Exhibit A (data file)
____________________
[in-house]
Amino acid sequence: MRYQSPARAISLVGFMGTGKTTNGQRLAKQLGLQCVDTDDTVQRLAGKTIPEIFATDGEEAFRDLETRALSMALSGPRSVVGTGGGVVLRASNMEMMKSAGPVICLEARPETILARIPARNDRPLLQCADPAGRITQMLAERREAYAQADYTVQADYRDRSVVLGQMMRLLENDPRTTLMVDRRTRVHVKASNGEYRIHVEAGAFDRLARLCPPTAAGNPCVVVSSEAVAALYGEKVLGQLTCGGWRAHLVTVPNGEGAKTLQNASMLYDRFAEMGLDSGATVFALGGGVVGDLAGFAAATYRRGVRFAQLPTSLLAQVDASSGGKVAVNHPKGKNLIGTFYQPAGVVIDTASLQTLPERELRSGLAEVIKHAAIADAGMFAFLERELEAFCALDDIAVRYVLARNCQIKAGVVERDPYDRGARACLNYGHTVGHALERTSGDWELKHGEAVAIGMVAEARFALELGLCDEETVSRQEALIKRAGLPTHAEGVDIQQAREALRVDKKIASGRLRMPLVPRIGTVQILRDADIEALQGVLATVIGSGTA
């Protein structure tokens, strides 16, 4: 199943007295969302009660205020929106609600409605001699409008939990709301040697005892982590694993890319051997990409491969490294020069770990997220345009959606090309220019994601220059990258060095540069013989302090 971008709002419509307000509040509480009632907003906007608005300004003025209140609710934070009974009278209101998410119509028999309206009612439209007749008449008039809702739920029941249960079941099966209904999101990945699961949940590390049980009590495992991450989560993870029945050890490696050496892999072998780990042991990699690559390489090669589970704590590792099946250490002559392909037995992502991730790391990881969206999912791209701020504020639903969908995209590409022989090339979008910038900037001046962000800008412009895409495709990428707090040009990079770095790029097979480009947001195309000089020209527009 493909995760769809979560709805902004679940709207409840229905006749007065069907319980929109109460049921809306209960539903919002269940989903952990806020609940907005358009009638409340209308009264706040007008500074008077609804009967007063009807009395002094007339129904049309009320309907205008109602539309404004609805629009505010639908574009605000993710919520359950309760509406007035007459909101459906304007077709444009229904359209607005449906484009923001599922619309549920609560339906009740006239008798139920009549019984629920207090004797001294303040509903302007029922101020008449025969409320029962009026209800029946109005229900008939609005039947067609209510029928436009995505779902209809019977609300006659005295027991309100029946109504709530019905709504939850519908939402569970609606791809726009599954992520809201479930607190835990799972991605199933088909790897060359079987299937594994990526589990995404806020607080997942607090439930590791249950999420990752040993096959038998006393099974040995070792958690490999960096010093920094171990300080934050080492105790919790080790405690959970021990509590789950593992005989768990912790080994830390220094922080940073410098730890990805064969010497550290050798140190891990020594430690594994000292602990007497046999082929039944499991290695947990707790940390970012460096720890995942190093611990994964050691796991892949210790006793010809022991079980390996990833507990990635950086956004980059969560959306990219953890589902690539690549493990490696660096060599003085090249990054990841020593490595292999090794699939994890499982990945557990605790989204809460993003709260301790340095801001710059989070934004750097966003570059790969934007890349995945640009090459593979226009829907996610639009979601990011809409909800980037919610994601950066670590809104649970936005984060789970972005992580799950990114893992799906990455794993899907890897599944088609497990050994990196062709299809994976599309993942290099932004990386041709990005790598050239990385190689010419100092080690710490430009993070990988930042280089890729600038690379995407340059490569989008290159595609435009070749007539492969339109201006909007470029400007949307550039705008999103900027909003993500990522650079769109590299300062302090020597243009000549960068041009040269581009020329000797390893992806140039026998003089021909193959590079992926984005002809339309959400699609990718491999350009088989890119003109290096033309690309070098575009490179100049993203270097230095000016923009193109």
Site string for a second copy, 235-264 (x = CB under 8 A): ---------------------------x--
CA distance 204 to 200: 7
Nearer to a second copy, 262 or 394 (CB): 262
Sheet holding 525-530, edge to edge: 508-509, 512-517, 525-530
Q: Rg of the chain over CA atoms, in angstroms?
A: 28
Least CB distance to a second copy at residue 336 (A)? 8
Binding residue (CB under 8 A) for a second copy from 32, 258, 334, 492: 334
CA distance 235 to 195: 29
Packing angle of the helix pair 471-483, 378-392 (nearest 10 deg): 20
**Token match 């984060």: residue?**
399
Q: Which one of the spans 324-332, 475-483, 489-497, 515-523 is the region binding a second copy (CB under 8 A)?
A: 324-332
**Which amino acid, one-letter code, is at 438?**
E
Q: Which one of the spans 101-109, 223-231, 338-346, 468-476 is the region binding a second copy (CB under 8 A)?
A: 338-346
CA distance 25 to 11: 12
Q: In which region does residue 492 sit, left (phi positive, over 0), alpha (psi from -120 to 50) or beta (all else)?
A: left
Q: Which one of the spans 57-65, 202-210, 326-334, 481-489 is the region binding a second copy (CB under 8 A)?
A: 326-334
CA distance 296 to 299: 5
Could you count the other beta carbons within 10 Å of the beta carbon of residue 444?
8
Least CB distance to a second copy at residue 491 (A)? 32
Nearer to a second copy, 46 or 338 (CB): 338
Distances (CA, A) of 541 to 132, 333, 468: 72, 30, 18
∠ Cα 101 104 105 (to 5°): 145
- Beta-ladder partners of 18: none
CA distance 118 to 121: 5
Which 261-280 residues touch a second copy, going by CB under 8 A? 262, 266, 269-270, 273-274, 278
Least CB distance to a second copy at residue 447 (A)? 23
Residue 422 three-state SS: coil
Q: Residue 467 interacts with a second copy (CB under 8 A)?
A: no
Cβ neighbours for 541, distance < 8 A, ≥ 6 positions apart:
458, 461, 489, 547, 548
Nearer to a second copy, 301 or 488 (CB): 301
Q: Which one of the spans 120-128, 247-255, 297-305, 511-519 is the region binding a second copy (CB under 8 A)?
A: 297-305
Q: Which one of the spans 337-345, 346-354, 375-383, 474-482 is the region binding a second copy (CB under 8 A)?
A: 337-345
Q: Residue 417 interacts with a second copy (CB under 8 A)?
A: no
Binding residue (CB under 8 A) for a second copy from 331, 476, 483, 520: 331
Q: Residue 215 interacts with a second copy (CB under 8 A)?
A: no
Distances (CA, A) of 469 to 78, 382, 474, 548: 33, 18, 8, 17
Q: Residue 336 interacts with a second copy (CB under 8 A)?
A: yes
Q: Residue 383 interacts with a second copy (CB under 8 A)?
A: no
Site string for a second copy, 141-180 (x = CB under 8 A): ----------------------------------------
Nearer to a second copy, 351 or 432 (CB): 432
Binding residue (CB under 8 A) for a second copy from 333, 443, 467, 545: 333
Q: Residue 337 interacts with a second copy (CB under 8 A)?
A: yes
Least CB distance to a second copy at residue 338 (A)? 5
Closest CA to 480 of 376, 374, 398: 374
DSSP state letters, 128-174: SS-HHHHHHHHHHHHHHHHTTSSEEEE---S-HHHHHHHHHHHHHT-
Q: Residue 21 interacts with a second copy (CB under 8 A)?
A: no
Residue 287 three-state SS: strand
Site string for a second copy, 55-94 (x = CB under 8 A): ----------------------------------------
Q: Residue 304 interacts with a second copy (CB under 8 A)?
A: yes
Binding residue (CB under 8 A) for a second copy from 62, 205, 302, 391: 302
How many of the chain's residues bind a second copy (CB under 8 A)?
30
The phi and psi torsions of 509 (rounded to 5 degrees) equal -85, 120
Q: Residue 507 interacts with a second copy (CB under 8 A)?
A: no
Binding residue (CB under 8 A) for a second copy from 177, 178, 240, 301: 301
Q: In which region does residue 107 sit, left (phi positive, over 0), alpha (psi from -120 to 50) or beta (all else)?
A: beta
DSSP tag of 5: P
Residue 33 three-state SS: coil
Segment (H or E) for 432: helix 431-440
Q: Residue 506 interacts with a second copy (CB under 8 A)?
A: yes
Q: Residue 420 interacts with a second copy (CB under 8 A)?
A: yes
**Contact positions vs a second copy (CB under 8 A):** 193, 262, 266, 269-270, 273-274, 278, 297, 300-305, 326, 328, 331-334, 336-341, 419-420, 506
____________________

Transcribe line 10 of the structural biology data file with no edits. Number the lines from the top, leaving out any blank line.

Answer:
Least CB distance to a second copy at residue 336 (A)? 8